"Beyond the superb acting, 'Concrete Cowboy' gets a lot of mileage from its visually arresting riding scenes and its spot-on score, which is both haunting and inspirational."
 
David Lewis, San Francisco Chronicle

"It’s as if too much is happening. For example, at one point, the urban western briefly morphs into a heist flick, and at another, leans heavily into the gangster sub-genre. A stellar performance from McLaughlin, and a familiar score by Kevin Matley -- who utilizes a theremin and makes clear odes to Ennio Merricone [sic] -- holds the brimming narrative together, even when it should gallop away. Another thoughtful touch includes using actual Fletcher Stable riders like Jamil 'Mil' Prattis -- playing the wheelchair bound Paris -- and Ivannah Mercedes, as the confident friend to Cole, Esha. But those gains are often undone by a hamfisted subplot involving a local Black cop searching for what side to land on: law enforcement or his community -- and the end’s contrived lesson."
 
Robert Daniels, The Playlist

"The delicacy of the film’s early scenes is regrettably missing from other moments that have the potential to be moving. When Harp fashions a special saddle so that a paralyzed cowboy may ride a horse again, we don’t need derivative slow-motion and music to comprehend the poignancy of such a gesture. We also don’t require expository dialogue to tell us that Cole feels excluded in this moment from a father who’s never shown him such generosity, as we glimpse this embittered yet admiring heartbreak in the boy’s face. However, Cole’s wound is cauterized in another wonderful scene, when Harp plays John Coltrane on vinyl and explains to Cole that he was named after the jazz legend. Again, 'Concrete Cowboy' is stirring when it really dives into specificity, avoiding what the New Yorker literature critic James Wood recently defined as our original sin: cliché, which, according to Wood, blocks our apprehension of reality."
 
Chuck Bowen, Slant Magazine

IN THE EARTH - Clint Mansell

"Whether fact or folktale, mere mention of this entity hangs over 'In the Earth' as Martin and Alma venture through the woods on a two-day hike to Olivia’s campsite. With minimal resources at his disposal, Wheatley keeps things simple on screen and relies on smart camerawork and an unnerving soundtrack to suggest a supernatural presence: His cinematographer, Nick Gillespie, shoots at a distance, as if the trees and brush are observing Martin and Alma’s every step with sinister intent, while Clint Mansell’s score sends unnerving synth vibes creeping and crawling through the ear. According to Wheatley in the Sundance Q&A, Mansell wired up plants and captured their sounds as the foundation of his work, a stroke of mad genius to prove that ingenuity always tops funds."
 
Andy Crump, Paste Magazine 
 
"Wheatley handles all this early setup deliberately, and per usual, he imbues his visual language with more spookiness via a brutal electronic score by longtime collaborator Clint Mansell. But also per usual, Wheatley tends toward self-indulgence. About half an hour in, 'In the Earth' takes a turn that’s tedious and thoroughly predictable. After one new character is introduced, there are no plot surprises, and the middle portion of the film admittedly drags."
 
Roxana Hadadi, Polygon 
 
"The butter only continues to slide off the knife from there, but even at this early juncture in Wheatley’s al fresco freakout, 'In the Earth' is an impressive exercise in cinematic resourcefulness. As the glossy and well-furnished blandness of his 'Rebecca' made clear, Wheatley’s best films mix a black-witted nihilism with the anarchic fun of a kid messing around with an 8mm camera in his parents’ backyard. All he really needs are a few ominous props, a handful of committed actors, and a good excuse to make things go squish -- everything else feels like it just gets in the way (though having Clint Mansell around to pitch in a maniacal synth score doesn’t hurt). So at a time when most people are scrambling to find new ways of shooting things, it shouldn’t come as a surprise that Wheatley’s pandemic quickie is suffused with the 'can-do' confidence of a home-field advantage."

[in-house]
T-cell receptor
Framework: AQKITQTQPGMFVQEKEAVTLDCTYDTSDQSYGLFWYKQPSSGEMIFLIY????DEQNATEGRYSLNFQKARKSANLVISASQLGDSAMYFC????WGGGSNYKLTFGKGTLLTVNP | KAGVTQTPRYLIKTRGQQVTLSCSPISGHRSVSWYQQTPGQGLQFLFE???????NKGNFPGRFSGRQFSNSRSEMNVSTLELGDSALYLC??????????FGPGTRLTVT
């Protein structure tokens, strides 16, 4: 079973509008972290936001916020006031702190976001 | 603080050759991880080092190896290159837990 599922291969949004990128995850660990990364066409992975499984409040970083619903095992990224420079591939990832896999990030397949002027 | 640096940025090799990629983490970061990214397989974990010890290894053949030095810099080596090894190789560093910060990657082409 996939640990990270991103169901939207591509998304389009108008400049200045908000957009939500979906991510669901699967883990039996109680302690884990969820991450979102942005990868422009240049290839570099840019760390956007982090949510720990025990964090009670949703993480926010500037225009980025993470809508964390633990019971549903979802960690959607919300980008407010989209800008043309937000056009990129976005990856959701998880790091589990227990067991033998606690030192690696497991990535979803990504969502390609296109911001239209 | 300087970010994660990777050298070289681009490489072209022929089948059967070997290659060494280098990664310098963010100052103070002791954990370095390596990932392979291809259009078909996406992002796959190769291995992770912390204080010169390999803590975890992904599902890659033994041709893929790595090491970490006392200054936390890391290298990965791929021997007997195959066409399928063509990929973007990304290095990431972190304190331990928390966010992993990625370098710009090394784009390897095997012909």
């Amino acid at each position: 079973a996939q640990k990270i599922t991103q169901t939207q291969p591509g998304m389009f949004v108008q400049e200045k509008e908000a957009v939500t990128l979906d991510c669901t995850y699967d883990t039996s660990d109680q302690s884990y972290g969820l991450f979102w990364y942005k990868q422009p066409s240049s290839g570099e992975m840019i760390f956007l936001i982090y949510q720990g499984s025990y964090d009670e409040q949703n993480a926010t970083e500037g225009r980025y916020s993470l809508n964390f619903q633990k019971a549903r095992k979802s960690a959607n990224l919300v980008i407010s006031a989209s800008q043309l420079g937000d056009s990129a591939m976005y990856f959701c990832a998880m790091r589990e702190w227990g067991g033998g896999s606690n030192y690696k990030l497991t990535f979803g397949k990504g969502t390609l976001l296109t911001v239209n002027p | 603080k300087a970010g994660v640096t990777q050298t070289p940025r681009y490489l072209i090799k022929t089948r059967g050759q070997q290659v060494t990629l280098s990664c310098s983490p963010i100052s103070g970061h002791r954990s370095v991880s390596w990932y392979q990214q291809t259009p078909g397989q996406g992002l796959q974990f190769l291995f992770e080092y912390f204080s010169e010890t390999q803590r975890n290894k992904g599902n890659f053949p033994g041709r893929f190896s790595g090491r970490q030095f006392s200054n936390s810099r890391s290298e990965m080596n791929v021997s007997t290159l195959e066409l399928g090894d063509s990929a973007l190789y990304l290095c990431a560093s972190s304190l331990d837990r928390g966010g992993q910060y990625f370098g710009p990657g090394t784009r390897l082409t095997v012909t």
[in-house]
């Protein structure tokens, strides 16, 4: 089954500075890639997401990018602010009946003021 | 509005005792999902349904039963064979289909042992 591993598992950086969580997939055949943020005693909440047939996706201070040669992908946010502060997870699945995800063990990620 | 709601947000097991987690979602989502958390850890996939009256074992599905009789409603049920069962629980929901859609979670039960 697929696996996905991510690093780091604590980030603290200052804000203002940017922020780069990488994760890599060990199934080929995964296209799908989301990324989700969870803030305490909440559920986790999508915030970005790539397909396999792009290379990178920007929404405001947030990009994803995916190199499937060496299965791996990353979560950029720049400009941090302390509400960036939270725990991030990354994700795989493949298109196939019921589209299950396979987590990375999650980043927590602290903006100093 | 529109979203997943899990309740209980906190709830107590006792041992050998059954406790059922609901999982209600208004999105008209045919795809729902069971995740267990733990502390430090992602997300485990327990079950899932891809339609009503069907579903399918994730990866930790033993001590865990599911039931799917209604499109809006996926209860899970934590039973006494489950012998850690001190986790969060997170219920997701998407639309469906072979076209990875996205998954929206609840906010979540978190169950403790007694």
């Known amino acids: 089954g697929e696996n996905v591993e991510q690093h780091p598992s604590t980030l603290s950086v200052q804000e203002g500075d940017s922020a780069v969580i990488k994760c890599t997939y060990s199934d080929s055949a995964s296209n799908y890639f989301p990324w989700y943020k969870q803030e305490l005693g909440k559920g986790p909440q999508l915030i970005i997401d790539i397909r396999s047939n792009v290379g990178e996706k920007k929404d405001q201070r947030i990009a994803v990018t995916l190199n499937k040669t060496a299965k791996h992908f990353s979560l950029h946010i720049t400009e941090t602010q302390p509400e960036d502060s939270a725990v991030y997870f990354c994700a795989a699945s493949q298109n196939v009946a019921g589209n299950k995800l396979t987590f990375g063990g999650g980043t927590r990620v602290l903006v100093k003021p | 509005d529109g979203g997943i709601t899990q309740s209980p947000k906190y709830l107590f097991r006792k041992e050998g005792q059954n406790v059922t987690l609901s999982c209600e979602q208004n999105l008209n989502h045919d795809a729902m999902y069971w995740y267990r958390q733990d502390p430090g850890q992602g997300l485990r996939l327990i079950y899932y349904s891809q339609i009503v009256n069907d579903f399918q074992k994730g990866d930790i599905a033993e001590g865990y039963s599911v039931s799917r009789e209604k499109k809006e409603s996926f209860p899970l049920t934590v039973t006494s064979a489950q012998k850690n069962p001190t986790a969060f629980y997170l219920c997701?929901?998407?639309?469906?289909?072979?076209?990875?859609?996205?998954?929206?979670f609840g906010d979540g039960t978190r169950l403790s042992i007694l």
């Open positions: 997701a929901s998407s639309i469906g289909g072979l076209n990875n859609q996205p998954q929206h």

David Ehrlich, IndieWire

"It’s not all subtle, but some of the little details go a long way. The pair have their trainers stolen on the first night under the stars and have to continue barefoot. From there, Wheatley’s toy box turns out to be quite deep considering the sparseness of the story generally: sound, light, spores, axes, arrows and poison all feature. They all become threats in this innocent-looking English wilderness -- given atmospheric life by Clint Mansell’s front-and-centre score and Wheatley’s copious use of funky lighting effects when night falls."
 
Dave Calhoun, Time Out 

"'In the Earth' isn’t a complete washout; there are moments of bleak humor, genre fans will enjoy the striking imagery and gross-out shivers, and the director has an undeniable gift for setting and maintaining a mood (he gets a big assist on the latter from Clint Mansell’s synth score). But ultimately, it’s kind of a slog. Late in the film, its heroes are told, 'Zac is trying to make meaning where there isn’t any.' You could say the same about Ben Wheatley."
 
Jason Bailey, The Playlist
 
"You never know exactly what you’re going to get, pressing play on a new film from this prolific merchant of shocks and schlock. Wheatley has made a crime drama, a folk-horror freakout, a deranged murder comedy, a Tarantino-esque shoot-’em-up, an uncharacteristically elegant J.G. Ballard adaptation, and a tony Hitchcock remake that almost no one -- even his biggest fans -- seemed to like much. His next film, supposedly and surprisingly, is a sequel to the dopey Jason Statham giant-shark potboiler 'The Meg.' If there’s any precedent in that eclectic body of work for the general wackiness of this new entry, it’s probably his most flagrantly out-there genre excursion, the rambling, rural period piece 'A Field In England.' When Wheatley isn’t cutting in close here on some gnarly mutilation of the flesh, he’s provoking people who have epilepsy with stuttering, shuttering psychedelic reverie -- lots of flower-power hallucinations, flash-cut into ribbons and set to an ambient soundtrack by Clint Mansell that’s much more evocative than the material it’s accompanying. Which is to say, 'In The Earth' feeds the indiscriminate appetites of gorehounds and bong-rippers alike. Everyone else may find it as ghastly boring as the violence is just plain ghastly."